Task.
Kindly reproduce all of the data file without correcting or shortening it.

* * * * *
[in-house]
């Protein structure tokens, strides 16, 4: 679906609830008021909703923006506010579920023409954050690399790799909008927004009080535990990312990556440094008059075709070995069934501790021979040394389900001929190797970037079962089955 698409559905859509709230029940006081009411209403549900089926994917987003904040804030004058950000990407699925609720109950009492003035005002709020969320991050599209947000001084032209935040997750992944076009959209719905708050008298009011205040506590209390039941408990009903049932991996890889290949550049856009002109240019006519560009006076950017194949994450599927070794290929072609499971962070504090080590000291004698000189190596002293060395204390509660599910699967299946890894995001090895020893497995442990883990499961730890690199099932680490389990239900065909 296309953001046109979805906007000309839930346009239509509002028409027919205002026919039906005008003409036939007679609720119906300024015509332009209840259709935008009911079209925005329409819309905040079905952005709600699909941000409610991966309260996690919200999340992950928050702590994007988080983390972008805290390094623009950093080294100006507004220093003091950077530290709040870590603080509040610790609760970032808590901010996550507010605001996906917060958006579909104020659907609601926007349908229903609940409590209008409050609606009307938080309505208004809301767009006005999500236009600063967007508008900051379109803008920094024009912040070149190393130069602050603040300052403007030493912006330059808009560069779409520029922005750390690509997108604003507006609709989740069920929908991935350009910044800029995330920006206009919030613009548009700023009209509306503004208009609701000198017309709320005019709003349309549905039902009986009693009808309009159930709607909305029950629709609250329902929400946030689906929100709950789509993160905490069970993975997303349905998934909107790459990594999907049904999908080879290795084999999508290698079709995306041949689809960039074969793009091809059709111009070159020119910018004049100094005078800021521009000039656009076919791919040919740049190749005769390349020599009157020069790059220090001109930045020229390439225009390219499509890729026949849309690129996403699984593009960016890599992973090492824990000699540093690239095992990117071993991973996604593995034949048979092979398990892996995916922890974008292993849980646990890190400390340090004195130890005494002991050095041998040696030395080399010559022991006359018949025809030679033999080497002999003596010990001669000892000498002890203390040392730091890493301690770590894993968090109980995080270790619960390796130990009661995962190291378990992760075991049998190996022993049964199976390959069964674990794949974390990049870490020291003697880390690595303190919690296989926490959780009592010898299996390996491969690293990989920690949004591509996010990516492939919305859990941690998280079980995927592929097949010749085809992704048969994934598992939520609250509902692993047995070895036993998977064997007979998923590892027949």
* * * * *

[in-house]
């Protein structure tokens, strides 16, 4: 679906609830008021909703923006506010579920023409954050690399790799909008927004009080535990990312990556440094008059075709070995069934501790021979040394389900001929190797970037079962089955 698409559905859509709230029940006081009411209403549900089926994917987003904040804030004058950000990407699925609720109950009492003035005002709020969320991050599209947000001084032209935040997750992944076009959209719905708050008298009011205040506590209390039941408990009903049932991996890889290949550049856009002109240019006519560009006076950017194949994450599927070794290929072609499971962070504090080590000291004698000189190596002293060395204390509660599910699967299946890894995001090895020893497995442990883990499961730890690199099932680490389990239900065909 296309953001046109979805906007000309839930346009239509509002028409027919205002026919039906005008003409036939007679609720119906300024015509332009209840259709935008009911079209925005329409819309905040079905952005709600699909941000409610991966309260996690919200999340992950928050702590994007988080983390972008805290390094623009950093080294100006507004220093003091950077530290709040870590603080509040610790609760970032808590901010996550507010605001996906917060958006579909104020659907609601926007349908229903609940409590209008409050609606009307938080309505208004809301767009006005999500236009600063967007508008900051379109803008920094024009912040070149190393130069602050603040300052403007030493912006330059808009560069779409520029922005750390690509997108604003507006609709989740069920929908991935350009910044800029995330920006206009919030613009548009700023009209509306503004208009609701000198017309709320005019709003349309549905039902009986009693009808309009159930709607909305029950629709609250329902929400946030689906929100709950789509993160905490069970993975997303349905998934909107790459990594999907049904999908080879290795084999999508290698079709995306041949689809960039074969793009091809059709111009070159020119910018004049100094005078800021521009000039656009076919791919040919740049190749005769390349020599009157020069790059220090001109930045020229390439225009390219499509890729026949849309690129996403699984593009960016890599992973090492824990000699540093690239095992990117071993991973996604593995034949048979092979398990892996995916922890974008292993849980646990890190400390340090004195130890005494002991050095041998040696030395080399010559022991006359018949025809030679033999080497002999003596010990001669000892000498002890203390040392730091890493301690770590894993968090109980995080270790619960390796130990009661995962190291378990992760075991049998190996022993049964199976390959069964674990794949974390990049870490020291003697880390690595303190919690296989926490959780009592010898299996390996491969690293990989920690949004591509996010990516492939919305859990941690998280079980995927592929097949010749085809992704048969994934598992939520609250509902692993047995070895036993998977064997007979998923590892027949």